Issue № 48

Understanding and compassion

Compassion. The best description (it’s right at the top) and discussion (continues for ~6,000 words) I’ve found is David Gross’s Notes on Compassion.

Empathy, a cycle of skills improvement, developing new attitudes and showing up in service often accompanies the careers of people who get from here to there.

Ambition is insufficient.

~ Seth Godin from,

There’s a reason the word “understanding” is before “compassion” in my mission. We each have limited resources, and we must be intentional (perhaps not _entirely_intentional, but certainly not entirely _un_intentional) with how we act based on compassion. I must first begin to understand myself. Then begin to understand the world, and that includes beginning to understand others.


Only those who do not seek power are qualified to hold it.

~ Plato

Ancients’ philosophy

Clear communication is a sign of understanding. Understanding the idea to be communicated is necessary, but not sufficient, for clear communication. I think in language (I point this out because I wonder if some people don’t think in language) and that leads me to word-smithing. I’m often searching for just the right word or phrase, and then delighted with myself if I find it. Having such labels for larger ideas is a check-point for myself, internally, that I actually have understanding.

Gregory Hays, one of Marcus Aurelius’s best translators, writes in his introduction to Meditations, “If he had to be identified with a particular school, [Stoicism] is surely the one he would have chosen. Yet I suspect that if asked what it was that he studied, his answer would not have been ‘Stoicism’ but simply ‘philosophy.’”

He then notes that in the ancient world, “philosophy” was not perceived the way it is today. It played a much different role. “It was not merely a subject to write or argue about,” Hays writes, “but one that was expected to provide a ‘design for living’—a set of rules to live one’s life by.”

~ Ryan Holiday from,

Just because I have a label for something—Stoicism in this case—doesn’t mean I label myself as that. The obvious reason is that my label has a lot of other context attached (in my mind) and chances are little to none that any of that context is present for another person. Labels are useful as shorthand, but only if we have the shared understanding.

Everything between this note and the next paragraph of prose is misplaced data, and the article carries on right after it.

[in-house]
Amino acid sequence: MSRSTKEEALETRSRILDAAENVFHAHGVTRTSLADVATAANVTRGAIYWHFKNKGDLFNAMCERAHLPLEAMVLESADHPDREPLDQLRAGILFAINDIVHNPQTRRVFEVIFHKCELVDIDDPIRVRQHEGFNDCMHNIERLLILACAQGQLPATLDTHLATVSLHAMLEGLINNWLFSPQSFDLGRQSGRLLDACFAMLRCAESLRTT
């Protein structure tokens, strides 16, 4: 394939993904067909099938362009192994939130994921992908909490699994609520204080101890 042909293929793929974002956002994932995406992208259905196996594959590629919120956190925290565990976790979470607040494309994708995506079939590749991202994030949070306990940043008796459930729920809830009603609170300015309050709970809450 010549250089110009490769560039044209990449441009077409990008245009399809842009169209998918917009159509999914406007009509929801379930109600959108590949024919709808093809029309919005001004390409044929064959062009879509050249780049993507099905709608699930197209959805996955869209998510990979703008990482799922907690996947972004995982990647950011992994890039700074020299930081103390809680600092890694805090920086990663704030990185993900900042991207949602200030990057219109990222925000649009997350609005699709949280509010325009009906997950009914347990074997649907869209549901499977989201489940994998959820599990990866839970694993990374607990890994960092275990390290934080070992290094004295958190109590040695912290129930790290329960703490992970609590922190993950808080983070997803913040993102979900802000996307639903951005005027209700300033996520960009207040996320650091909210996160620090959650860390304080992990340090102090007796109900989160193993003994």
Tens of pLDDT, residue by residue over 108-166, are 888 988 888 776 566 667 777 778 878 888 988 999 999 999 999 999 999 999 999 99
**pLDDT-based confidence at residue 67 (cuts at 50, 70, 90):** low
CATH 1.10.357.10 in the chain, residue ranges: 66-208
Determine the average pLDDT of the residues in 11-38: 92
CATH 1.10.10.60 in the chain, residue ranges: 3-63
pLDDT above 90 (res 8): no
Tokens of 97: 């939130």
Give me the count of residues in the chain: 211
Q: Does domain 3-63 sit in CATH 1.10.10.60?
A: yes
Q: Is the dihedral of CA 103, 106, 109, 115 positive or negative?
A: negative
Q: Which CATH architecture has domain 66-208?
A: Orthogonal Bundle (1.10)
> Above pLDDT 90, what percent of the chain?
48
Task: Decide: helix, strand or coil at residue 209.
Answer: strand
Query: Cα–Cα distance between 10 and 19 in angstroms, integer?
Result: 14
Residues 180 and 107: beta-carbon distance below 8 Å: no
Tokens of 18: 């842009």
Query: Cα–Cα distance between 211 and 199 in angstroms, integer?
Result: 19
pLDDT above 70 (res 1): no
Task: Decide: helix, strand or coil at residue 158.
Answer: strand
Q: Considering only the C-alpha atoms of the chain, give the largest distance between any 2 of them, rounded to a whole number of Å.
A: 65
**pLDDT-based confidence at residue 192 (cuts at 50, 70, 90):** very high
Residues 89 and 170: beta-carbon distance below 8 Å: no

Life is short. There are ends—things I have done which others can observe. There are the means I’ve chosen to those ends. And then there’s justification. I don’t have the time (nor the inclination) to explain everything—and frankly no one wants to hear that much from me (or from anyone.) I just find it interesting when I discover something I do (or say or think) for which I’ve not really thought through the labels… thought through the justification.


One of the most reliable signs that you need a holiday is the conviction that you cannot possibly spare the time to take one.

~ Bryan Magee

All is constant change

It seems obvious that finding a right someone for a healthy relationship is all of subtle, difficult and random; it involves some amount of activity and passivity. Things are made more difficult by my not knowing who I am, and who would be “good” for me.

The best thing for your nervous system is another person. Unfortunately, the worst thing for your nervous system is also another person. An unhealthy relationship can screw up your body budget and, with it, your health and your life. So what makes for a healthy or unhealthy relationship, and how do you maintain one?

~ Lisa Feldman Barrett from,

In the beginning of a relationship, everything is immediate. There’s a seemingly endless stream of, “what shall we do tomorrow?” and “do this because I like it, and stop that because I dislike it.” In surprisingly little time it becomes clear that the two (or more!) people in a relationship are changing. If I’ve found the perfect someone for the me today, who will they be in a decade? …who will I be then? 20, 30, 40 years later? It’s all the complexity of two people, where both people are continuously changing. It strikes me this is much more like surfing than trying to reach the pinnacle of a mountain.


We think we understand the rules when we become adults, but what we really experience is a narrowing of the imagination.

~ David Lynch

This is intimate

At least, it feels intimate to me.

Reading is letting someone else model the world for you. This is an act of intimacy. When the author is morose, you become morose. When he is mirthful, eventually you may share it. And after finishing a very good book one is driven a little mad, forced to return from a world that no one nearby has witnessed.

~ Simon Sarris


A couple weeks ago I returned from a wonderful but all too brief trip. I returned with some new perspectives having had a bunch of great conversations about what it is I’m trying to do (on my blog, in the emails I send, in my projects… heck, with my life at large.) I ended up doing a bunch of work trying to make things clearer (saying things more clearly, better storytelling) and overhauling a lot of back-end functionality. A few things you may find interesting…

Until next time, thanks for reading.



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